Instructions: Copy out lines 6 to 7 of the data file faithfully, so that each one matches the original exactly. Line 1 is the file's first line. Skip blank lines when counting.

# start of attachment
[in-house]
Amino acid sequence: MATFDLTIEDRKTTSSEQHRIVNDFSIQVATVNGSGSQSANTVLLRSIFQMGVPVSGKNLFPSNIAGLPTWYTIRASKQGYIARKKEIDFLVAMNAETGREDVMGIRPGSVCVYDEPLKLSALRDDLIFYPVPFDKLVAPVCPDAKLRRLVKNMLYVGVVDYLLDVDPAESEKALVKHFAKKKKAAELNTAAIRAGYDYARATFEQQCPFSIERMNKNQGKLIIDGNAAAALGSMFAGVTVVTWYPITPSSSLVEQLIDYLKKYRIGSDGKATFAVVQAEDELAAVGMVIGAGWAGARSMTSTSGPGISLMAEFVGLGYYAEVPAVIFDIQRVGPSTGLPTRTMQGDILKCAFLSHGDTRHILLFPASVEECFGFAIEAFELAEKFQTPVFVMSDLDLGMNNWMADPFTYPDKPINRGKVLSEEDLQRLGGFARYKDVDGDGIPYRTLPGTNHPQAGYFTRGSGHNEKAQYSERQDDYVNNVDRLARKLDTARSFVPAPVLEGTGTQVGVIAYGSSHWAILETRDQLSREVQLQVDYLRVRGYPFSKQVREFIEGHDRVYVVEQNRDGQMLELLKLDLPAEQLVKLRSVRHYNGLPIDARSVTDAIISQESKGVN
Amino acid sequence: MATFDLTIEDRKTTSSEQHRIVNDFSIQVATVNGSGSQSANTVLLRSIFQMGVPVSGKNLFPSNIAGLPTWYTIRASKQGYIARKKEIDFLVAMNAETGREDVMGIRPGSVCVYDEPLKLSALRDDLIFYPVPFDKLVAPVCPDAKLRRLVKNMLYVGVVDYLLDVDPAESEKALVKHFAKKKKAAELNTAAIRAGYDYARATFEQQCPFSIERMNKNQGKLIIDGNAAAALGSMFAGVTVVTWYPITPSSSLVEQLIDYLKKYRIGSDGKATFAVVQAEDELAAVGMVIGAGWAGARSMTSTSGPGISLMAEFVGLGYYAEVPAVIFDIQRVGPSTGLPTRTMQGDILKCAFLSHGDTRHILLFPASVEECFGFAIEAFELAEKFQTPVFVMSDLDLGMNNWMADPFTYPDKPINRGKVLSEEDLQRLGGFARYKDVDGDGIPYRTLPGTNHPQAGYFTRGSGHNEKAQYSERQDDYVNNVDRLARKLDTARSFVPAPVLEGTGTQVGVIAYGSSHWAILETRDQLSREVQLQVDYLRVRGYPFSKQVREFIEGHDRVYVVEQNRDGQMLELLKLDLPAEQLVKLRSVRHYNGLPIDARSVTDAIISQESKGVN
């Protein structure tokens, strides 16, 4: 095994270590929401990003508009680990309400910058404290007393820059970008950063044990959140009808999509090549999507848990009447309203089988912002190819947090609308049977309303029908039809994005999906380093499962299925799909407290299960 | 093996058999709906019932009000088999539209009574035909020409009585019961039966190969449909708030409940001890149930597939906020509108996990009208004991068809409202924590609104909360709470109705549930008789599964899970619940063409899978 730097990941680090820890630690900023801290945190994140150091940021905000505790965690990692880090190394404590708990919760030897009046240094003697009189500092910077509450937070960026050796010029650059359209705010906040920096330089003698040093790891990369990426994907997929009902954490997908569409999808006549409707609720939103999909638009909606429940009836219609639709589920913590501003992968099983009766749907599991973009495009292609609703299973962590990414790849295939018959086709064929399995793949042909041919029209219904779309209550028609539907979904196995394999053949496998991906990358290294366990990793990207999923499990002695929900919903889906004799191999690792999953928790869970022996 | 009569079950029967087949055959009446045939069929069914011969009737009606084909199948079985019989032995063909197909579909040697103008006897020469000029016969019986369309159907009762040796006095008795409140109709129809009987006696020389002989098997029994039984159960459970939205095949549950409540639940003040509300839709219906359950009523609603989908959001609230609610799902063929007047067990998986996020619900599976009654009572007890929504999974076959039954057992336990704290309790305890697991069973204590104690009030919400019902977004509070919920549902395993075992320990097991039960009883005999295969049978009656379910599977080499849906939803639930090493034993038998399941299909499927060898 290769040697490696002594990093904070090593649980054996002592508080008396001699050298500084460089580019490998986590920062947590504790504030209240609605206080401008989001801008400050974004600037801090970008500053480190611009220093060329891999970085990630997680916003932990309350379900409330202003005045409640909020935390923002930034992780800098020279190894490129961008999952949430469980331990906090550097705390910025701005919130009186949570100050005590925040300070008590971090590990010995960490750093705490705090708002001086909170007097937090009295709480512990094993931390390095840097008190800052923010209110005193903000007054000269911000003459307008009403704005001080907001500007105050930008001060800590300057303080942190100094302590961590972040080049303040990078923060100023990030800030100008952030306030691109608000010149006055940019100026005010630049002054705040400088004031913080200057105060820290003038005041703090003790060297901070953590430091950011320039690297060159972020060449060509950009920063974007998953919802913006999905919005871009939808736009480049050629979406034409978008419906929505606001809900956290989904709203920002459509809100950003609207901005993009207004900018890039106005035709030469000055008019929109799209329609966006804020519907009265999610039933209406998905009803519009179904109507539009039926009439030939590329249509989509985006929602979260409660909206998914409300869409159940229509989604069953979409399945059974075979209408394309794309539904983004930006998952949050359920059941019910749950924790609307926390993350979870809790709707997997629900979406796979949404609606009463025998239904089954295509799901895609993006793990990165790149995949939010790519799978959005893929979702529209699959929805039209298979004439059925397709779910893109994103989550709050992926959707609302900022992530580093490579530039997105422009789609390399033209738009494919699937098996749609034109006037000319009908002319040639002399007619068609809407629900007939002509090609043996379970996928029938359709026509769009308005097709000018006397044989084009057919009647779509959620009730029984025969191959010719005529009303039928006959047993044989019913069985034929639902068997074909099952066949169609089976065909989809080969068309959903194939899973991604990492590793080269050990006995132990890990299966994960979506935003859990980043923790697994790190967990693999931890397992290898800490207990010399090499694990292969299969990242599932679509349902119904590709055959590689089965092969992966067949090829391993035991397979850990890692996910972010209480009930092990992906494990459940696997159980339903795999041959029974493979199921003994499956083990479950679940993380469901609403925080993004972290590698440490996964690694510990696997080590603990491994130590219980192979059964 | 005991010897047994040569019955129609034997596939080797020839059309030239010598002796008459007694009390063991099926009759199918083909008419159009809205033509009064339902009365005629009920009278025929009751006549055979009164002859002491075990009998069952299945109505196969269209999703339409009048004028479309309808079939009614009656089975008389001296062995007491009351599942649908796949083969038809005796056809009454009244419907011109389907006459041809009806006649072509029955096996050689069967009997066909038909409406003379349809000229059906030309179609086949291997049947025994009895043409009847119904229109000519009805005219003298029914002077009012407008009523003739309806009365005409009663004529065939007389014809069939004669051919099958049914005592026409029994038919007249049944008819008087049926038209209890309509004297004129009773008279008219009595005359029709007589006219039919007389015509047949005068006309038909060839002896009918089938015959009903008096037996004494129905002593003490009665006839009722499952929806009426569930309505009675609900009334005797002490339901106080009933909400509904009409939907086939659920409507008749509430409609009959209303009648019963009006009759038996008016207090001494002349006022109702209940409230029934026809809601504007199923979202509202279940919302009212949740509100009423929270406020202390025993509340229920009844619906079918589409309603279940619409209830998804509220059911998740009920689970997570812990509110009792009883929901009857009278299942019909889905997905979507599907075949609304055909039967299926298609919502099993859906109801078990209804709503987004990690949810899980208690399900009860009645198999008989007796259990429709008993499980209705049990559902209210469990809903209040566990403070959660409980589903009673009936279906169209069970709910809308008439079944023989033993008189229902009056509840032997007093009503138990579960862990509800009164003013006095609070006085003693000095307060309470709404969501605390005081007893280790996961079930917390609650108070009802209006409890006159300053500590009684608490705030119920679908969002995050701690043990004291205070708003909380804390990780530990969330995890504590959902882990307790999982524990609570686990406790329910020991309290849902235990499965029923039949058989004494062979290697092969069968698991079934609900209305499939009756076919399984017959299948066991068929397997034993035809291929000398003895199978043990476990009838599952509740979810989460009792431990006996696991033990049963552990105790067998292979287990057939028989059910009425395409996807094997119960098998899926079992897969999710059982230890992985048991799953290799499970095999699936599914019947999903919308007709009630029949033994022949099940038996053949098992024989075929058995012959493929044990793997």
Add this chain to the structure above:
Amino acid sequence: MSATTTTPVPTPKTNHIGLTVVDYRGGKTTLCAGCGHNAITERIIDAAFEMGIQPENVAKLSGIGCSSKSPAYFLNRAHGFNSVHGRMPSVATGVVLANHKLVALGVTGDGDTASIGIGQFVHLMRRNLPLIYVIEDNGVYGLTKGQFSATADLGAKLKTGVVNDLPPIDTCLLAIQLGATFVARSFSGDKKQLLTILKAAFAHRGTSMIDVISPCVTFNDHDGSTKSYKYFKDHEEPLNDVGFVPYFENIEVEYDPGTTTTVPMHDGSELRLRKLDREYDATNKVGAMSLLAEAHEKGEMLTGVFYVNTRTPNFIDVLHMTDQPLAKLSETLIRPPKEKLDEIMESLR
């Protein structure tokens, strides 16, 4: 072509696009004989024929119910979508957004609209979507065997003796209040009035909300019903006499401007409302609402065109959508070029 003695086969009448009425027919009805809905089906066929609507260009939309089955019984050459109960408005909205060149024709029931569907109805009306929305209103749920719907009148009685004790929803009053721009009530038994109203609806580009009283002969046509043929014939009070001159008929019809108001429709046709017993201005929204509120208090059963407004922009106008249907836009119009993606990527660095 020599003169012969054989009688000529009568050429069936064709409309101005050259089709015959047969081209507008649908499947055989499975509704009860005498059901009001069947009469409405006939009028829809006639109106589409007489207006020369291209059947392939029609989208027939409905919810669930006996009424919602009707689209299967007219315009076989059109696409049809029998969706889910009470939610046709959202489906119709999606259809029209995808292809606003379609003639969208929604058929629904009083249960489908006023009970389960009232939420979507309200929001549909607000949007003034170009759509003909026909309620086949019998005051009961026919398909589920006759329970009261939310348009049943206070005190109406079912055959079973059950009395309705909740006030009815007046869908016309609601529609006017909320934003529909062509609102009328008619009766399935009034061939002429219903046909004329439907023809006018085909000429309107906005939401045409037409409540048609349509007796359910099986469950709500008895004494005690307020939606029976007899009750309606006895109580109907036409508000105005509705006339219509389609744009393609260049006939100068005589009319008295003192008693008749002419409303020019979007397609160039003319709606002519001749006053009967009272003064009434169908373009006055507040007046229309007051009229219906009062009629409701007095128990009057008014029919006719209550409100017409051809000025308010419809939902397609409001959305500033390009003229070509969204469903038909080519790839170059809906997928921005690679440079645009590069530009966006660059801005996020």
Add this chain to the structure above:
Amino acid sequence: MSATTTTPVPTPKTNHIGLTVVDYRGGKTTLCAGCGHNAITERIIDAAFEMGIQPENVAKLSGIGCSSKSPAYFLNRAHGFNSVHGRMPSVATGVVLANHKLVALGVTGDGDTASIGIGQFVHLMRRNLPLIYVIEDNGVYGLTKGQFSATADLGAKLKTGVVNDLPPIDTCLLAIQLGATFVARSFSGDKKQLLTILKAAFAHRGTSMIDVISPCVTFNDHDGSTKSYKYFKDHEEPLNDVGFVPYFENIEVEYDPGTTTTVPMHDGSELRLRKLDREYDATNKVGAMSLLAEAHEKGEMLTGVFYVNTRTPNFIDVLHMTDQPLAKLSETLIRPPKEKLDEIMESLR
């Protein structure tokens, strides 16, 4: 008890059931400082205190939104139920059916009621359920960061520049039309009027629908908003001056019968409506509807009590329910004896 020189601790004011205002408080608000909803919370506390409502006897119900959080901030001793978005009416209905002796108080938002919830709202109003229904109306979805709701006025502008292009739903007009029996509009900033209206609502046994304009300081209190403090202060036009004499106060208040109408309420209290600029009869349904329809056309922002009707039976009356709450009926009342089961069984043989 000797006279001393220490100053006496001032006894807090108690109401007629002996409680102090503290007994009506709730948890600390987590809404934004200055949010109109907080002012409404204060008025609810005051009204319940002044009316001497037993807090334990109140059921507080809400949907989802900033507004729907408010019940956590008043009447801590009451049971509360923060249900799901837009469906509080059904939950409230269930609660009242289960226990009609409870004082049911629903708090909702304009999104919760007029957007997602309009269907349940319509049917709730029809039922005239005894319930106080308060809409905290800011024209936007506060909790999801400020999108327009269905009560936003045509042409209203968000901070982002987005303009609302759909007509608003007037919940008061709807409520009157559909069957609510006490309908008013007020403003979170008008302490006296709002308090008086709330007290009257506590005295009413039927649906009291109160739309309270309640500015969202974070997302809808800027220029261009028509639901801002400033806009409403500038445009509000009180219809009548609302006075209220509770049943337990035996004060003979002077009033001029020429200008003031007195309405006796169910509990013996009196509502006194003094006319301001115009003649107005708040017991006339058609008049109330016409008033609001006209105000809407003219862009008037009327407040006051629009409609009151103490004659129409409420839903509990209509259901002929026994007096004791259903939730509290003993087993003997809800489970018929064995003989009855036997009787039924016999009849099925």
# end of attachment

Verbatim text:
Amino acid sequence: MSATTTTPVPTPKTNHIGLTVVDYRGGKTTLCAGCGHNAITERIIDAAFEMGIQPENVAKLSGIGCSSKSPAYFLNRAHGFNSVHGRMPSVATGVVLANHKLVALGVTGDGDTASIGIGQFVHLMRRNLPLIYVIEDNGVYGLTKGQFSATADLGAKLKTGVVNDLPPIDTCLLAIQLGATFVARSFSGDKKQLLTILKAAFAHRGTSMIDVISPCVTFNDHDGSTKSYKYFKDHEEPLNDVGFVPYFENIEVEYDPGTTTTVPMHDGSELRLRKLDREYDATNKVGAMSLLAEAHEKGEMLTGVFYVNTRTPNFIDVLHMTDQPLAKLSETLIRPPKEKLDEIMESLR
């Protein structure tokens, strides 16, 4: 072509696009004989024929119910979508957004609209979507065997003796209040009035909300019903006499401007409302609402065109959508070029 003695086969009448009425027919009805809905089906066929609507260009939309089955019984050459109960408005909205060149024709029931569907109805009306929305209103749920719907009148009685004790929803009053721009009530038994109203609806580009009283002969046509043929014939009070001159008929019809108001429709046709017993201005929204509120208090059963407004922009106008249907836009119009993606990527660095 020599003169012969054989009688000529009568050429069936064709409309101005050259089709015959047969081209507008649908499947055989499975509704009860005498059901009001069947009469409405006939009028829809006639109106589409007489207006020369291209059947392939029609989208027939409905919810669930006996009424919602009707689209299967007219315009076989059109696409049809029998969706889910009470939610046709959202489906119709999606259809029209995808292809606003379609003639969208929604058929629904009083249960489908006023009970389960009232939420979507309200929001549909607000949007003034170009759509003909026909309620086949019998005051009961026919398909589920006759329970009261939310348009049943206070005190109406079912055959079973059950009395309705909740006030009815007046869908016309609601529609006017909320934003529909062509609102009328008619009766399935009034061939002429219903046909004329439907023809006018085909000429309107906005939401045409037409409540048609349509007796359910099986469950709500008895004494005690307020939606029976007899009750309606006895109580109907036409508000105005509705006339219509389609744009393609260049006939100068005589009319008295003192008693008749002419409303020019979007397609160039003319709606002519001749006053009967009272003064009434169908373009006055507040007046229309007051009229219906009062009629409701007095128990009057008014029919006719209550409100017409051809000025308010419809939902397609409001959305500033390009003229070509969204469903038909080519790839170059809906997928921005690679440079645009590069530009966006660059801005996020």